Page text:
As with funding level, states are also highly divergent in the progressivity of their funding distribution. Alaska provides 73% more, and Nevada provides 33% less, funding to high-poverty districts than to low-poverty districts. (Fig. 2)

Only 16 states have even modestly progressive school funding systems with at least 5% more funding, on average, in high-poverty districts. School funding is flat (+/-5%) in 17 states, meaning there is no appreciable increase in funding to address the need for additional resources in high-poverty districts. The remaining 15 states have regressive funding systems. 

Funding Distribution v. Funding Level: There is no consistent correlation between funding level and distribution across states. States with progressive funding distribution may have low funding levels – Utah and New Mexico, for example. And states with regressive funding distribution may have relatively high funding levels, such as Connecticut and Pennsylvania.

Figure 2a presents state funding profiles. Use this customizable tool to compare and contrast funding level and funding distribution among states. Figure 2b provides district-level revenue data to allow a deeper dive into funding patterns in each state.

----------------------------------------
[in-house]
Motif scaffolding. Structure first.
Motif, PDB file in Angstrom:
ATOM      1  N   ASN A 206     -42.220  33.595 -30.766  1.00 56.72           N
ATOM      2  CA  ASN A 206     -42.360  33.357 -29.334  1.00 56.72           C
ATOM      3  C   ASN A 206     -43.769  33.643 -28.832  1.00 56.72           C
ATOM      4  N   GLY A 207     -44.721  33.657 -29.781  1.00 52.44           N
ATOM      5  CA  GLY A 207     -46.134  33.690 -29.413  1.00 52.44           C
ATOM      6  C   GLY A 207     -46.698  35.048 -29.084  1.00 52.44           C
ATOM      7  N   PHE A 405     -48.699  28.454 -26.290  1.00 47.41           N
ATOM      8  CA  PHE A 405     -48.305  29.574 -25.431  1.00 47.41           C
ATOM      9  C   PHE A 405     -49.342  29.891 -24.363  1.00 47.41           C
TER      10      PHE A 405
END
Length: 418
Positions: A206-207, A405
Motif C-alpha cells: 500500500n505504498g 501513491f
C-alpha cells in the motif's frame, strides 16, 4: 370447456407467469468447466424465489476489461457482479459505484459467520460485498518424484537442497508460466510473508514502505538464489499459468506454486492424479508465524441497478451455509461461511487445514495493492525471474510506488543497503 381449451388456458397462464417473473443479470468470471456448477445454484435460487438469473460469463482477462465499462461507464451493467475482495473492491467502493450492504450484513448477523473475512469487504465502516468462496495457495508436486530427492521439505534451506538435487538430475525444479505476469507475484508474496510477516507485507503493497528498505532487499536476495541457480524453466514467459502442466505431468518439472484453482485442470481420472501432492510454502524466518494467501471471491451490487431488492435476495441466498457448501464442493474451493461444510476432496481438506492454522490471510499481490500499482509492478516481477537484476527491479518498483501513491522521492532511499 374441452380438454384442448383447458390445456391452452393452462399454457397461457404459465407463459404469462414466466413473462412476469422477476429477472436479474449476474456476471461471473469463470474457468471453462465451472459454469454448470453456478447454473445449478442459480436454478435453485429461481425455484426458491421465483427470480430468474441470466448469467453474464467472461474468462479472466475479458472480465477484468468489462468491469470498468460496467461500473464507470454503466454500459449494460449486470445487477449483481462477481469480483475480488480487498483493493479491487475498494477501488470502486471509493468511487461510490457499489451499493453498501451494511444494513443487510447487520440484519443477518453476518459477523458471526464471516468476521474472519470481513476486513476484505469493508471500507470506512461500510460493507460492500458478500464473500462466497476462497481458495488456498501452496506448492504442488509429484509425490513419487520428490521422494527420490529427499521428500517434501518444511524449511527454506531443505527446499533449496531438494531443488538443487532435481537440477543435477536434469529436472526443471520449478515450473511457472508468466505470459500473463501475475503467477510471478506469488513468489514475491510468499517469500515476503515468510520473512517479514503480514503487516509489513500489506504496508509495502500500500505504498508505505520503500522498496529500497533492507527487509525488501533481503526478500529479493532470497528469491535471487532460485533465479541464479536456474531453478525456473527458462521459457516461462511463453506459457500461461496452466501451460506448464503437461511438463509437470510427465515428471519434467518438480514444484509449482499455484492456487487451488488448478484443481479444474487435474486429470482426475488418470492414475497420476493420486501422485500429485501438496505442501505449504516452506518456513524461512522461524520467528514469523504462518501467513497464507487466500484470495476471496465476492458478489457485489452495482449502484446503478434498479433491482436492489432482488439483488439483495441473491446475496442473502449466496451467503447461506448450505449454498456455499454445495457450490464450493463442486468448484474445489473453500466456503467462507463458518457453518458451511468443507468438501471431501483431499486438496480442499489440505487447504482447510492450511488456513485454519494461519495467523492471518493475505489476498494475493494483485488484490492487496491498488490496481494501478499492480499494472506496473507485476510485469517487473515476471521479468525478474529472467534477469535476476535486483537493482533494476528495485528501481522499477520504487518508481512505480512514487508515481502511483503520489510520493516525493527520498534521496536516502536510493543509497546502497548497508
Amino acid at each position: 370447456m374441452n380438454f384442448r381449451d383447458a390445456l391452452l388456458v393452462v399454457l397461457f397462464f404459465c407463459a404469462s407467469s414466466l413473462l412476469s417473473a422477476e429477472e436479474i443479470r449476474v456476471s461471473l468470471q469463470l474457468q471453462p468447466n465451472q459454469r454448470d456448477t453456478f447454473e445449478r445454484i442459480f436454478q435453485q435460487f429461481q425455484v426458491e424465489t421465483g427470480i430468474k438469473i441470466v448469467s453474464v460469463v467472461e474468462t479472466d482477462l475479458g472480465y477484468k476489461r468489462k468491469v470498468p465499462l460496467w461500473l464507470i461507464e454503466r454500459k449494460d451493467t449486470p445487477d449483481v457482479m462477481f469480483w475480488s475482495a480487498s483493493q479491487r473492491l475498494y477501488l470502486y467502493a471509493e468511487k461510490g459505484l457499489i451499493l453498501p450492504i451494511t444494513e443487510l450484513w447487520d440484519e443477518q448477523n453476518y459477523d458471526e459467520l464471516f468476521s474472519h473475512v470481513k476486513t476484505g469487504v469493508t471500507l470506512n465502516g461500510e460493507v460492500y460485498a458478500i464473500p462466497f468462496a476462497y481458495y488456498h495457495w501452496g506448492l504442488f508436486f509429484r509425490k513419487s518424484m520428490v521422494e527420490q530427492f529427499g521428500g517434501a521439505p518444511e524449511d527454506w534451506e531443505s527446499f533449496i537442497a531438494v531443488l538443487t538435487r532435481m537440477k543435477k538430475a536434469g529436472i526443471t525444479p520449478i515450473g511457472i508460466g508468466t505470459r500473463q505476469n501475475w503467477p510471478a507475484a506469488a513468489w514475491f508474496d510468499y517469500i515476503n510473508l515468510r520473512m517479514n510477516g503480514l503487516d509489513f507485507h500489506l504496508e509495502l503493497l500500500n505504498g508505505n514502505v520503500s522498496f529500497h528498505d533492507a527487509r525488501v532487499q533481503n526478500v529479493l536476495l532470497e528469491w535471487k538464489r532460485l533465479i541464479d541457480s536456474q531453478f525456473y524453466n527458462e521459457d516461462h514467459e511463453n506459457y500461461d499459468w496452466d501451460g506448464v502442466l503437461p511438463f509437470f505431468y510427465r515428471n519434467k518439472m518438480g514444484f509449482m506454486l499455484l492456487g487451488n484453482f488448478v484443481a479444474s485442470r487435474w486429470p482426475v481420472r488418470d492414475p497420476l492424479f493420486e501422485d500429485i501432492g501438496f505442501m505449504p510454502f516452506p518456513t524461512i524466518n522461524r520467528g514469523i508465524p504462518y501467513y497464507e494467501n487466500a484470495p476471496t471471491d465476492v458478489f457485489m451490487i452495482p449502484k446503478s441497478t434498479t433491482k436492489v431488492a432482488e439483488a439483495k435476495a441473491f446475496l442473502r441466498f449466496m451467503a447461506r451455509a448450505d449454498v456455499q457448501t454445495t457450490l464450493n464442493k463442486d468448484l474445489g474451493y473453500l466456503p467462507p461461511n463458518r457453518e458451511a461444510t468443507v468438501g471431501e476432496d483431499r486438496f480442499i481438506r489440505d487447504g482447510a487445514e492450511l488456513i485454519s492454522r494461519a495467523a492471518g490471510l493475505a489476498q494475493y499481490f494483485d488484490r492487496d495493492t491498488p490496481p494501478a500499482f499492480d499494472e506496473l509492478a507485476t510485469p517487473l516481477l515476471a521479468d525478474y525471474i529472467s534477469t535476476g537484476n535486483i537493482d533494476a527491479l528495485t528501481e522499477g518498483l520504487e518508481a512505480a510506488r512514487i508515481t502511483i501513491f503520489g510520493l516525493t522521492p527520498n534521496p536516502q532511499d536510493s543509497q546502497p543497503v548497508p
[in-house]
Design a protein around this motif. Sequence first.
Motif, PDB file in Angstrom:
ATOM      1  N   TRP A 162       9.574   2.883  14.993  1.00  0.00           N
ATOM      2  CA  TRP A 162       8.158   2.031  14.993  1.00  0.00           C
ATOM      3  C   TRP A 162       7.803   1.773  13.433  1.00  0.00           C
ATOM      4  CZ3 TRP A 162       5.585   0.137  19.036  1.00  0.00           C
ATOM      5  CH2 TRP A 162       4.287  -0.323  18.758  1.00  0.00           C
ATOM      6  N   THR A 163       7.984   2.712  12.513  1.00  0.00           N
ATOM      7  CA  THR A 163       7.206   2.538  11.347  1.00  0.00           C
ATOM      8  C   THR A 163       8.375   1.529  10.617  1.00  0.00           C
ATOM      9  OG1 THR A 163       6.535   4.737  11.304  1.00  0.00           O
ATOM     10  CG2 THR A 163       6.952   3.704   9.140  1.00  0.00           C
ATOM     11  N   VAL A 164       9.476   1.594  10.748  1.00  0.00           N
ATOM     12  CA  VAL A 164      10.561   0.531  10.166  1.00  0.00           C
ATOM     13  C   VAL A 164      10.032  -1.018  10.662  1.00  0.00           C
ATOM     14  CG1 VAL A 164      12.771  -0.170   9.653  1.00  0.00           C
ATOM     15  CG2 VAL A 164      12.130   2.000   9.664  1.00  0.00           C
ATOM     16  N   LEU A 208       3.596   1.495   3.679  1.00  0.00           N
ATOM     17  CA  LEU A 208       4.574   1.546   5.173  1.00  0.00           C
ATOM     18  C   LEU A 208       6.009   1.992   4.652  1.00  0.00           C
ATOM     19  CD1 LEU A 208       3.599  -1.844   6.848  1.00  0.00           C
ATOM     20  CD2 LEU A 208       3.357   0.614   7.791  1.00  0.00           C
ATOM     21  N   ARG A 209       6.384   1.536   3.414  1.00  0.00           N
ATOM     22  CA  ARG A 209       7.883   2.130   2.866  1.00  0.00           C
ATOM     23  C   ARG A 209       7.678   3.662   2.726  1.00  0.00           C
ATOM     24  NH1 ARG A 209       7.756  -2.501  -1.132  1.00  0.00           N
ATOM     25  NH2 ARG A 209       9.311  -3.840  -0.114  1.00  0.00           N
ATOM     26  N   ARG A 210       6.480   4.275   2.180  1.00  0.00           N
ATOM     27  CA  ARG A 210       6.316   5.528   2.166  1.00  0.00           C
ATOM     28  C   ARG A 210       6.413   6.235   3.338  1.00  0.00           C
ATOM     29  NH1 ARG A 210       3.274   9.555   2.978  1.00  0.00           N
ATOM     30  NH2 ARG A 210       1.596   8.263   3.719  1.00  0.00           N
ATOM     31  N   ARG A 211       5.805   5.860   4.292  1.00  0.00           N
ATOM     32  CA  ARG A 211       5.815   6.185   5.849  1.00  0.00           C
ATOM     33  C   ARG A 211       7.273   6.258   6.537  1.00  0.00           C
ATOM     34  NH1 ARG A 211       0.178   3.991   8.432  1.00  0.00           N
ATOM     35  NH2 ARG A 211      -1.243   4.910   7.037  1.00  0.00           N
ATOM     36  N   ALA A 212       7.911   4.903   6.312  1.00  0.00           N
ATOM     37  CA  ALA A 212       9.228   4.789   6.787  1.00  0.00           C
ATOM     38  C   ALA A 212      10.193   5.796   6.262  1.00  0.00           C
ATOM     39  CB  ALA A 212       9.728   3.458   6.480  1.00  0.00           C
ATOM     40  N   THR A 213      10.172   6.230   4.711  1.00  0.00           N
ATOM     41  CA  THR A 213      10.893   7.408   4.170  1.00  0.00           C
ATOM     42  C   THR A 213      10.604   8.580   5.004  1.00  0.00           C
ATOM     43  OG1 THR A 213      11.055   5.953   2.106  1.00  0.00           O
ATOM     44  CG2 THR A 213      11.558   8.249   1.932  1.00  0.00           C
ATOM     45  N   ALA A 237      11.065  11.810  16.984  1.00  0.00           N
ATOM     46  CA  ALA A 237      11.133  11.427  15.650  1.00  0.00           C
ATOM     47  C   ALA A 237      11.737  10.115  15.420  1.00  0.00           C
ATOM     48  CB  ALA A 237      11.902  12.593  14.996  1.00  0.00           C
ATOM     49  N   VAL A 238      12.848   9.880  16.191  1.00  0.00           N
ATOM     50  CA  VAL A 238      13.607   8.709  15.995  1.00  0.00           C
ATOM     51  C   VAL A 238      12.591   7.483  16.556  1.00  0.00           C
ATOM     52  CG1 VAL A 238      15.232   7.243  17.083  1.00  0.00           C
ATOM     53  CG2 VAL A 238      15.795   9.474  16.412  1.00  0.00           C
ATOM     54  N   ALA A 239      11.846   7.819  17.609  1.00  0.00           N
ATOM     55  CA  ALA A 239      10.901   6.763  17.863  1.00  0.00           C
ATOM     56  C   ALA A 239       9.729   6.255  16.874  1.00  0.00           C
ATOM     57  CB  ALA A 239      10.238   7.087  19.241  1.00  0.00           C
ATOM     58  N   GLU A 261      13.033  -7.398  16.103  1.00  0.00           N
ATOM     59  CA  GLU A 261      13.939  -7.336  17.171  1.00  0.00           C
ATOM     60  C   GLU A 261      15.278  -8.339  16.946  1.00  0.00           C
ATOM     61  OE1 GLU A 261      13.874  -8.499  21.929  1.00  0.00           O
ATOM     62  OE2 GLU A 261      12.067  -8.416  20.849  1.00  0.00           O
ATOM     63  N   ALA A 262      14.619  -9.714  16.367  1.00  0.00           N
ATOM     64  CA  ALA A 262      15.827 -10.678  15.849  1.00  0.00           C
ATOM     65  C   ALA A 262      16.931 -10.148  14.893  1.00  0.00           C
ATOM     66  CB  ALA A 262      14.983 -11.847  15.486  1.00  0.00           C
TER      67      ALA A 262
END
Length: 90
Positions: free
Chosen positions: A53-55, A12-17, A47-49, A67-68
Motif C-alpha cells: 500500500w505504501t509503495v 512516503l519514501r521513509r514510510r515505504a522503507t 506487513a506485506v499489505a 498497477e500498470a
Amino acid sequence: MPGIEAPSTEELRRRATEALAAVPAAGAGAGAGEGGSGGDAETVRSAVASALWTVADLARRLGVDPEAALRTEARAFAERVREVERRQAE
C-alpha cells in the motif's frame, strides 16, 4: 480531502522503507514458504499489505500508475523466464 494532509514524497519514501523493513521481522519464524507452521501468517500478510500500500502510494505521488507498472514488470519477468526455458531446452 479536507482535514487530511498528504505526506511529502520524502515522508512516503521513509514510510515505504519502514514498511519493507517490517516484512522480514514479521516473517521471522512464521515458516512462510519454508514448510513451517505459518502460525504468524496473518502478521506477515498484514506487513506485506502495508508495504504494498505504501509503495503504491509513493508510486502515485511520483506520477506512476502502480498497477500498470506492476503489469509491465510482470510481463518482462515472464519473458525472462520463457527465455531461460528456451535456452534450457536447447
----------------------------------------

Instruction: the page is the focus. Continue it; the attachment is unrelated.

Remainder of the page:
Funding Effort

Figure 3 ranks states on effort as measured by the percentage of state wealth or gross domestic product (GDP) allocated to support the PK-12 school system.[9] Depending on a state’s overall wealth, every tenth of a percent (0.1%) of state GDP invested in PK-12 public education can have a big impact. For example, that figure is $33 million in Vermont – the nation’s smallest economy - and up to $3 billion in California – the nation’s largest. Figure 3 juxtaposes a state’s relative effort (compared to the national average) with its per capita GDP to contextualize how the effort index interacts with the state’s relative wealth to produce high or low funding levels.

High Effort, High Capacity: States such as Alaska, Connecticut, New York, and Wyoming are high capacity states with high per capita GDP, and they are also high effort – using a larger than average share of their overall GDP to support PK-12 education. They generate high funding levels. (Fig. 3)

High Effort, Low Capacity: States such as Arkansas, South Carolina, and West Virginia have lower than average capacity, with low GDP per capita, but they are high effort states. Even with above average effort, they only yield average or below average funding levels.

Low Effort, Low Capacity: States such as Arizona, Florida, and Idaho are low capacity states that also make lower than average effort to fund schools. They generate low funding levels. (Fig. 3)

Low Effort, High Capacity: States such as California, Delaware, and Washington are high capacity states that exert low effort towards funding schools. If these states increased their effort even to the national average, they could significantly increase funding levels. (Fig. 3)

Advocating for Fair School Funding